Diagnosis bias of borderline personality disorder high among LGB community
Some health care professionals allow their bias toward lesbian, gay and bisexual persons to show when diagnosing borderline personality disorder, says a University of Michigan researcher.
This bias for borderline personality disorder, or BPD—a chronic mental illness known for impulsive behavior, people's uncertainty about themselves and relationship difficulties—is more pronounced for sexual minorities than heterosexual individuals, says Craig Rodriguez-Seijas, U-M assistant professor of psychology.
"LGB persons are more likely to be given the diagnosis particularly when health care professionals are not paying attention to whether or not the behaviors observed among LGB persons cause any significant distress or impairment," said Rodriguez-Seijas, lead author of a study that appears in the online journal Assessment.
Rodriguez-Seijas and Brown University colleagues used data from the National Epidemiologic Survey on Alcohol and Related Conditions-III to compare the differences in BP diagnosis among lesbian, gay and bisexual persons with heterosexual persons. The survey, conducted in 2012-2013, involved responses from more than 36,000 participants between 18 to 90 years old. About 1,100 (3%) identified as lesbian, gay or bisexual, while the rest were heterosexual.
BPD was diagnosed in 11% of the entire sample. The prevalence of the illness was almost double among sexual minorities (20%) compared with heterosexual (11%) individuals. However, when the diagnosis was made with specific attention to whether or not the symptoms of BPD cause significant distress or impairment, the prevalence was comparable for sexual minority (2%) and heterosexual (1%) individuals.
Health care professionals evaluating patients for factors linked to BPD might ignore environmental stressors that LGB persons face or be unable to competently assess the extent to which the behaviors signify BPD or normative reactions to stress, Rodriguez-Seijas says.
For example, BPD can involve struggles with one's identity, he says. LGB persons might change the way they present differently to other people for safety reasons, such as avoiding discrimination, bullying or even murder. Such behaviors help manage the impressions that other people have and are relatively normative for LGB persons since they grow up and exist in stigmatizing environments, he says.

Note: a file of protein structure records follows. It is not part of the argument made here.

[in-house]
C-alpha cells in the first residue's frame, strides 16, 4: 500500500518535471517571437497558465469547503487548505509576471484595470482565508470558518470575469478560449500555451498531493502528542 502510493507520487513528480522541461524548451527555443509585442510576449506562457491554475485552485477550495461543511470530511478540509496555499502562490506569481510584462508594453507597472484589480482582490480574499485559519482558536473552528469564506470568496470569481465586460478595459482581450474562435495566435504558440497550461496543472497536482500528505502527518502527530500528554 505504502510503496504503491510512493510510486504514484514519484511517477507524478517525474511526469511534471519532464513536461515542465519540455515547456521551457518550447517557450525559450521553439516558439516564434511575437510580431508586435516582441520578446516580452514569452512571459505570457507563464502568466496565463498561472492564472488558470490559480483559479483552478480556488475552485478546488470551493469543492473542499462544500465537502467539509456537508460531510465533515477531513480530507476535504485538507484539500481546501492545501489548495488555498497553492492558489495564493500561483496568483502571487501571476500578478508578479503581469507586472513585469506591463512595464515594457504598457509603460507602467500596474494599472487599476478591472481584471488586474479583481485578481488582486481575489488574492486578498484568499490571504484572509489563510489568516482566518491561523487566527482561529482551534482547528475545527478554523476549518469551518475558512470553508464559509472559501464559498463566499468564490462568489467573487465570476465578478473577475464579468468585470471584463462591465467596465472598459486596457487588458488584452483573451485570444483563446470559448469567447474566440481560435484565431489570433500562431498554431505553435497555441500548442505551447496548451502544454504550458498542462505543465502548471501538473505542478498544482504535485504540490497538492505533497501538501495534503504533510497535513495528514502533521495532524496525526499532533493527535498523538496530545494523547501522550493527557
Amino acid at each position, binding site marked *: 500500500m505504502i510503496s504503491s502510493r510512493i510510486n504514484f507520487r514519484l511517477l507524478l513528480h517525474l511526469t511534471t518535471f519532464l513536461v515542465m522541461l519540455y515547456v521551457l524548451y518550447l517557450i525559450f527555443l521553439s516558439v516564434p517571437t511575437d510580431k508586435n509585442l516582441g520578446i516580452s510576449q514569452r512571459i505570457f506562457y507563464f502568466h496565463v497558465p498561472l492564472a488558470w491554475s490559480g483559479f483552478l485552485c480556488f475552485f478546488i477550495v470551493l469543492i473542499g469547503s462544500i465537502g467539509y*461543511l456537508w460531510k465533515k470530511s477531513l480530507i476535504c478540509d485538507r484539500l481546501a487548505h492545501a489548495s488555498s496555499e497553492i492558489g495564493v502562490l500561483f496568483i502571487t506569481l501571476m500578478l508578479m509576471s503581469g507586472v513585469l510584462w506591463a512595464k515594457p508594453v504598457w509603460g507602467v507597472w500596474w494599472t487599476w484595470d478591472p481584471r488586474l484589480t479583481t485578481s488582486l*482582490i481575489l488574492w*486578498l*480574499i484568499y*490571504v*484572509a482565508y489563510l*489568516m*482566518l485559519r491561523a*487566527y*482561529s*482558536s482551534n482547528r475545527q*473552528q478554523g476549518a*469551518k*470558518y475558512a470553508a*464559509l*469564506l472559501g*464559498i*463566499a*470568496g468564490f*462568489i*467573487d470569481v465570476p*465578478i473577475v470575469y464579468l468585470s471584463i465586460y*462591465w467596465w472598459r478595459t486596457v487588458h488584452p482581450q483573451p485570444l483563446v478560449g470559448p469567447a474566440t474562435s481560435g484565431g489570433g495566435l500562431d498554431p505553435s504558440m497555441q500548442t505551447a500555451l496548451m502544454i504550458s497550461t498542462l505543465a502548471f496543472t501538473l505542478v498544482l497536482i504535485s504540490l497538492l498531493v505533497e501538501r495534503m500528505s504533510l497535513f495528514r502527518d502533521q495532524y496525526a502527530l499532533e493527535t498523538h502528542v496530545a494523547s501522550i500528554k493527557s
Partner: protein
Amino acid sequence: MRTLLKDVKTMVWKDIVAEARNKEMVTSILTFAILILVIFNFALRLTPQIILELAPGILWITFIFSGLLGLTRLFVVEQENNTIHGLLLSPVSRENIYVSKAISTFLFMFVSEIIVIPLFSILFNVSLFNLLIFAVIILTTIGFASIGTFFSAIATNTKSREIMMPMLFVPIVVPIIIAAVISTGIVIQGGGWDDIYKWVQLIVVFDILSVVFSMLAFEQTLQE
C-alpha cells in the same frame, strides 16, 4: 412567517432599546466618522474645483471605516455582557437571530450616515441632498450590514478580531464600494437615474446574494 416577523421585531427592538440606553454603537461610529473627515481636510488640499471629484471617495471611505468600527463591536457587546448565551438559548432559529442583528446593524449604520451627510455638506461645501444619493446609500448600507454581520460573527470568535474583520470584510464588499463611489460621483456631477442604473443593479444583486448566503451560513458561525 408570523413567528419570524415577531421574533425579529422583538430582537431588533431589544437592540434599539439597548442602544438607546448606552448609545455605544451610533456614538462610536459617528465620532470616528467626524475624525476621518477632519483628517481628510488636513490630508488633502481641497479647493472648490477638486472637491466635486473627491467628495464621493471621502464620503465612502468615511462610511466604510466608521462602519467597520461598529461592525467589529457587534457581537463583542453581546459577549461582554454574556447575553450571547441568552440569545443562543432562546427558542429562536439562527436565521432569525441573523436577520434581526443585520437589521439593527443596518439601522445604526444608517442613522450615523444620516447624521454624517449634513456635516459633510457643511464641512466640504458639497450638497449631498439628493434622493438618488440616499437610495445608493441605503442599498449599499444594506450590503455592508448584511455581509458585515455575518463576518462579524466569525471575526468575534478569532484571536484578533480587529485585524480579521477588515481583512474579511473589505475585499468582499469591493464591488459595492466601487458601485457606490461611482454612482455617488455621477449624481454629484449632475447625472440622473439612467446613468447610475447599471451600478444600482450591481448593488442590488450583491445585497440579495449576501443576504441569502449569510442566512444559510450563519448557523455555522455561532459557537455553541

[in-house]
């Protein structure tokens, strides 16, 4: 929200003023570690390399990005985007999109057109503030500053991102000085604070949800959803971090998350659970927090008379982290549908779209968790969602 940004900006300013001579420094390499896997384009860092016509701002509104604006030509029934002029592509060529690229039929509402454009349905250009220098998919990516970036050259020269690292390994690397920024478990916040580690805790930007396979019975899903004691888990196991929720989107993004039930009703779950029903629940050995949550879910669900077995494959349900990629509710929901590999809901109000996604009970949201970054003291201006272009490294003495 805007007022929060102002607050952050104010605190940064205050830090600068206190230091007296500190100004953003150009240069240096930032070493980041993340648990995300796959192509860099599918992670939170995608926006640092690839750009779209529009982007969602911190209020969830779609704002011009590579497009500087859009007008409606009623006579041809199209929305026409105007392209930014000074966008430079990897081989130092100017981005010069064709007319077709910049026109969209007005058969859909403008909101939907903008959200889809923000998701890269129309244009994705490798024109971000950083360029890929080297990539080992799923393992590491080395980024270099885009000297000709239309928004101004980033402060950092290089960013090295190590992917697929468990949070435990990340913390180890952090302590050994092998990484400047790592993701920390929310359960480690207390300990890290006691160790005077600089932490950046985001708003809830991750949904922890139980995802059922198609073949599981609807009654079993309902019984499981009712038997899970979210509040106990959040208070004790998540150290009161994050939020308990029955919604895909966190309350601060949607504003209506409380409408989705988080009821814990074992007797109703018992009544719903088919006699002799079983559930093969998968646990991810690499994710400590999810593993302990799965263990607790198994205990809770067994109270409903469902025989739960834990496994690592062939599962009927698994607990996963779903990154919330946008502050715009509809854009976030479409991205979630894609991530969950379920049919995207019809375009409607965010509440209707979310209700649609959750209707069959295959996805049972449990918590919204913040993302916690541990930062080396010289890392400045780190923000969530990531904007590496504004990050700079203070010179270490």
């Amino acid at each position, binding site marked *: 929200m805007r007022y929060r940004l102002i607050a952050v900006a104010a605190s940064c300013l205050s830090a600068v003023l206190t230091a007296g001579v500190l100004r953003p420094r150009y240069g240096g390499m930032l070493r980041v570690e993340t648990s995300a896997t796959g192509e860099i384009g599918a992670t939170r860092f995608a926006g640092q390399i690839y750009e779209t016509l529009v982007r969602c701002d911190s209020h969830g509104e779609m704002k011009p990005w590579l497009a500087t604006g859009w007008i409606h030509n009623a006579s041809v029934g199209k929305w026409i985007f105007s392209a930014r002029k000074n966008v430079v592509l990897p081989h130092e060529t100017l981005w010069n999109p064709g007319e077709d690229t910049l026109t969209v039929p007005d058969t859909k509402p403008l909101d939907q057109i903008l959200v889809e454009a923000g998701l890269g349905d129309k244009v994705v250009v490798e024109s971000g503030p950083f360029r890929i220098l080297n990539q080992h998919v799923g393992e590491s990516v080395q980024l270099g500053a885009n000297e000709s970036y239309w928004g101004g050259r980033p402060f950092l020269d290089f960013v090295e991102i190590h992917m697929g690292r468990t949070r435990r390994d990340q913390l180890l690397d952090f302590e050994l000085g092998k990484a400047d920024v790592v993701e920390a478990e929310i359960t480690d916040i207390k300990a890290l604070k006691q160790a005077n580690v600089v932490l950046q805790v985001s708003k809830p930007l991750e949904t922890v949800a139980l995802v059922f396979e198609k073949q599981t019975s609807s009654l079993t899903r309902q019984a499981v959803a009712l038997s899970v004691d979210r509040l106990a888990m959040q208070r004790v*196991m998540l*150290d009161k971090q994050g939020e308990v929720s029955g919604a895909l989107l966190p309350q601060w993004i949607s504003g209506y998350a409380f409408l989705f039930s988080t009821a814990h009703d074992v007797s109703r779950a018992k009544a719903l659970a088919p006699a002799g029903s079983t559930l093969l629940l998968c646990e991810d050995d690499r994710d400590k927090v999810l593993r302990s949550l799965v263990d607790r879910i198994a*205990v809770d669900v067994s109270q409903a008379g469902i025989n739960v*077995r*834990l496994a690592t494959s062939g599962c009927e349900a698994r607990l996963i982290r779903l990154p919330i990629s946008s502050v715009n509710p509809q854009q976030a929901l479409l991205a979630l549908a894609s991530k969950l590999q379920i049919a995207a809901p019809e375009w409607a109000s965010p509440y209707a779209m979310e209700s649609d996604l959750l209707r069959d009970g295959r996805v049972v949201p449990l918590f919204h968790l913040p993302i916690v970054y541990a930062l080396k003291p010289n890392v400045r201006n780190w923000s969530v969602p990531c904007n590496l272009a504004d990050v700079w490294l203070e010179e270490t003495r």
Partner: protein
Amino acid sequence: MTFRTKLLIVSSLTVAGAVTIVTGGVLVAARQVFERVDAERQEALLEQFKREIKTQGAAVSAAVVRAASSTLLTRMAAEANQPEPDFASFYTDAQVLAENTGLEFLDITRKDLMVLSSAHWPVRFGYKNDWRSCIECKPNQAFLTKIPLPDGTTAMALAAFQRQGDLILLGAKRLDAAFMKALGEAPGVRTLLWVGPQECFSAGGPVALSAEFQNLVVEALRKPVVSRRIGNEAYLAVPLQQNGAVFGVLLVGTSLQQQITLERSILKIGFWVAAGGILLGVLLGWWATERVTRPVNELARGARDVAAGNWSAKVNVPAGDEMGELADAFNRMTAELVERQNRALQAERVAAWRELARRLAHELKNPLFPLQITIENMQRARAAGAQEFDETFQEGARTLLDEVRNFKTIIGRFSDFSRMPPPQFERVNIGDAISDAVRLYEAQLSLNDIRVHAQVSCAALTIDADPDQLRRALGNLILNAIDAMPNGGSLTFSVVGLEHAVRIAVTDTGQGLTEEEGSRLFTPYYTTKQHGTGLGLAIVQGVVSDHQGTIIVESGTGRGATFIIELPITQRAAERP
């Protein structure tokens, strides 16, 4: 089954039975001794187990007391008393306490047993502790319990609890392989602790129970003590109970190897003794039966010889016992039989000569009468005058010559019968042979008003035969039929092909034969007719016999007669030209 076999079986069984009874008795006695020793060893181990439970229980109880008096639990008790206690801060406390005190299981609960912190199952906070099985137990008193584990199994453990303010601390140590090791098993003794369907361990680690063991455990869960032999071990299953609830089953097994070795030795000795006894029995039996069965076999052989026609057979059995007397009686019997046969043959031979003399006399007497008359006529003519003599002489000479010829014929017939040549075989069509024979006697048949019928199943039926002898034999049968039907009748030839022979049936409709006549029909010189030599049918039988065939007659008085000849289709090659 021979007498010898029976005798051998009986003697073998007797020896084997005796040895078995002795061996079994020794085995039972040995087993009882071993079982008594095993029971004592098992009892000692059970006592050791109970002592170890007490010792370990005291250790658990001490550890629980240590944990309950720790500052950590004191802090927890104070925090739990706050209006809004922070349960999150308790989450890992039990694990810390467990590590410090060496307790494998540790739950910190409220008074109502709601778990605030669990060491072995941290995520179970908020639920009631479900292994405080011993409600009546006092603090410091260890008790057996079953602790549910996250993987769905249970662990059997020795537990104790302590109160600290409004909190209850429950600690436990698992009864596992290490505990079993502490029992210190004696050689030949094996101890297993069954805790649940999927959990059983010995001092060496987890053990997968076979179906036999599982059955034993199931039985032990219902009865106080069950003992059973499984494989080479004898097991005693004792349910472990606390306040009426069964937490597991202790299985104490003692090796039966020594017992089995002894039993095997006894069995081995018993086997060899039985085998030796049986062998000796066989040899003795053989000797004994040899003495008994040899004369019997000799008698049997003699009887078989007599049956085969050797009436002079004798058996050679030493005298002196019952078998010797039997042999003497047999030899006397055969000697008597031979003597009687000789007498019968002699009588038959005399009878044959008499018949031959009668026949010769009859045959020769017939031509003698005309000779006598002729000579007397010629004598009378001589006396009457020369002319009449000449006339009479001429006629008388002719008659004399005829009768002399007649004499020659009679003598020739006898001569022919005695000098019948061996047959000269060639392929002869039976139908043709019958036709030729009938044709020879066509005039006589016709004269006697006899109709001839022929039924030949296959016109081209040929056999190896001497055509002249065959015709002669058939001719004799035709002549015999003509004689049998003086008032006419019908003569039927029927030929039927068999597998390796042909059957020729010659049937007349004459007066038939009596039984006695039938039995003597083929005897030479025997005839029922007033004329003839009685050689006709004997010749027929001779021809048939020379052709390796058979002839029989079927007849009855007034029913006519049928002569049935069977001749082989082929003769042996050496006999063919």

If health care professionals fail to ask the right questions to disentangle this protective way of managing one's identity from pathological and impairing struggles with identity they may not accurately diagnose the patients, according to Rodriguez-Seijas.
In addition, the research showed that sexual minority individuals reported a greater prevalence of nonsuicidal self-injury and impulsive sexual and financial behavior problems.
The findings offer implications for treatment. Rodriguez-Seijas says that while there are helpful evidence-based interventions for individuals diagnosed with BPD, some approaches to treatment might inadvertently re-stigmatize LGB persons by disproportionately attributing genetic variables as the causes of BPD symptoms.
However, this fails to factor in that some maladaptive behaviors—which might prevent a person from making changes in their own best interest, such as avoidance or withdrawal—represent ways that LGB persons learn to cope with a continually stigmatizing social environment, he says.
The study is a follow-up of previous research by Rodriguez-Seijas and colleagues that found that health care providers show bias in diagnosing BPD among LGB patients in actual practice. In one partial hospital setting, psychiatrists and psychologists diagnosed BPD among LGB patients at higher rates than heterosexual patients, regardless of any true differences in BPD pathology based on sexual orientation.